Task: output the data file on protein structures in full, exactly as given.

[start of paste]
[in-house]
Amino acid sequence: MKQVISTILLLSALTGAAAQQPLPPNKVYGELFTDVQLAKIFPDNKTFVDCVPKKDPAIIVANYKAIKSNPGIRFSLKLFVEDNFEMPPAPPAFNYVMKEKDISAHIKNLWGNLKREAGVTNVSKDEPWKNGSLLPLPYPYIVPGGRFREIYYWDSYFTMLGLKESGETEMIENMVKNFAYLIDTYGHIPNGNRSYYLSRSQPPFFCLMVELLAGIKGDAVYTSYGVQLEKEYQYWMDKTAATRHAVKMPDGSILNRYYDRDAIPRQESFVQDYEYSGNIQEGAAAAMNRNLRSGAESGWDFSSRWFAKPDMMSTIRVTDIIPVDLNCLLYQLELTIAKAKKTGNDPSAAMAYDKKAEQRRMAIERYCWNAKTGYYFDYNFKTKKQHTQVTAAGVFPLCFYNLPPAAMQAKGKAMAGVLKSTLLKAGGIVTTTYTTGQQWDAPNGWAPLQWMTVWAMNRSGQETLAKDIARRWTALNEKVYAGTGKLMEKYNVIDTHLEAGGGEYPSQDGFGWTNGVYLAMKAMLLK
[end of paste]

[in-house]
Amino acid sequence: MKQVISTILLLSALTGAAAQQPLPPNKVYGELFTDVQLAKIFPDNKTFVDCVPKKDPAIIVANYKAIKSNPGIRFSLKLFVEDNFEMPPAPPAFNYVMKEKDISAHIKNLWGNLKREAGVTNVSKDEPWKNGSLLPLPYPYIVPGGRFREIYYWDSYFTMLGLKESGETEMIENMVKNFAYLIDTYGHIPNGNRSYYLSRSQPPFFCLMVELLAGIKGDAVYTSYGVQLEKEYQYWMDKTAATRHAVKMPDGSILNRYYDRDAIPRQESFVQDYEYSGNIQEGAAAAMNRNLRSGAESGWDFSSRWFAKPDMMSTIRVTDIIPVDLNCLLYQLELTIAKAKKTGNDPSAAMAYDKKAEQRRMAIERYCWNAKTGYYFDYNFKTKKQHTQVTAAGVFPLCFYNLPPAAMQAKGKAMAGVLKSTLLKAGGIVTTTYTTGQQWDAPNGWAPLQWMTVWAMNRSGQETLAKDIARRWTALNEKVYAGTGKLMEKYNVIDTHLEAGGGEYPSQDGFGWTNGVYLAMKAMLLK